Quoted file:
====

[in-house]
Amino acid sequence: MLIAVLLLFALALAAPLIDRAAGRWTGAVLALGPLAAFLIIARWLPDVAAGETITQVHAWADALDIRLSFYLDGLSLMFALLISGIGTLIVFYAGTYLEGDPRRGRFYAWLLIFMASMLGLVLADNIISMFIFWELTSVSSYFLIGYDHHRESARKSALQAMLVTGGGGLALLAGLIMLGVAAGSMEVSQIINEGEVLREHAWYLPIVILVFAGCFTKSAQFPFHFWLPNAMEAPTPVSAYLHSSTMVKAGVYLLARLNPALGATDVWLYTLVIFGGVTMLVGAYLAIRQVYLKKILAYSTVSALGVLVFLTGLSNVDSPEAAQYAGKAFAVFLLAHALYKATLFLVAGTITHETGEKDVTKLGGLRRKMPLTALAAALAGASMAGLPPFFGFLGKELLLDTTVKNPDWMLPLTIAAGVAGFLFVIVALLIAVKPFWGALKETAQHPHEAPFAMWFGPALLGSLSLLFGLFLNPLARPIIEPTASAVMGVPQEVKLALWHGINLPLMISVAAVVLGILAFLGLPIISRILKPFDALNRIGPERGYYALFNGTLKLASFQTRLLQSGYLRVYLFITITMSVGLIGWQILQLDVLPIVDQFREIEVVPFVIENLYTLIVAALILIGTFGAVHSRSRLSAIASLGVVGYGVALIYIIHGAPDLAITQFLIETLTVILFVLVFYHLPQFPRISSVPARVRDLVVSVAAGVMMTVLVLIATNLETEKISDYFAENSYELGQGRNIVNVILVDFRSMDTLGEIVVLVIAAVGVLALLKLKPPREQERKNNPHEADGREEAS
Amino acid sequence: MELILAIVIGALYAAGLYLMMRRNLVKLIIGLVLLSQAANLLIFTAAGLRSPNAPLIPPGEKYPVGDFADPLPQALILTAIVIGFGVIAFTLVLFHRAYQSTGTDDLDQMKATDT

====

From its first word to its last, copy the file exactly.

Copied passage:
[in-house]
Amino acid sequence: MLIAVLLLFALALAAPLIDRAAGRWTGAVLALGPLAAFLIIARWLPDVAAGETITQVHAWADALDIRLSFYLDGLSLMFALLISGIGTLIVFYAGTYLEGDPRRGRFYAWLLIFMASMLGLVLADNIISMFIFWELTSVSSYFLIGYDHHRESARKSALQAMLVTGGGGLALLAGLIMLGVAAGSMEVSQIINEGEVLREHAWYLPIVILVFAGCFTKSAQFPFHFWLPNAMEAPTPVSAYLHSSTMVKAGVYLLARLNPALGATDVWLYTLVIFGGVTMLVGAYLAIRQVYLKKILAYSTVSALGVLVFLTGLSNVDSPEAAQYAGKAFAVFLLAHALYKATLFLVAGTITHETGEKDVTKLGGLRRKMPLTALAAALAGASMAGLPPFFGFLGKELLLDTTVKNPDWMLPLTIAAGVAGFLFVIVALLIAVKPFWGALKETAQHPHEAPFAMWFGPALLGSLSLLFGLFLNPLARPIIEPTASAVMGVPQEVKLALWHGINLPLMISVAAVVLGILAFLGLPIISRILKPFDALNRIGPERGYYALFNGTLKLASFQTRLLQSGYLRVYLFITITMSVGLIGWQILQLDVLPIVDQFREIEVVPFVIENLYTLIVAALILIGTFGAVHSRSRLSAIASLGVVGYGVALIYIIHGAPDLAITQFLIETLTVILFVLVFYHLPQFPRISSVPARVRDLVVSVAAGVMMTVLVLIATNLETEKISDYFAENSYELGQGRNIVNVILVDFRSMDTLGEIVVLVIAAVGVLALLKLKPPREQERKNNPHEADGREEAS
Amino acid sequence: MELILAIVIGALYAAGLYLMMRRNLVKLIIGLVLLSQAANLLIFTAAGLRSPNAPLIPPGEKYPVGDFADPLPQALILTAIVIGFGVIAFTLVLFHRAYQSTGTDDLDQMKATDT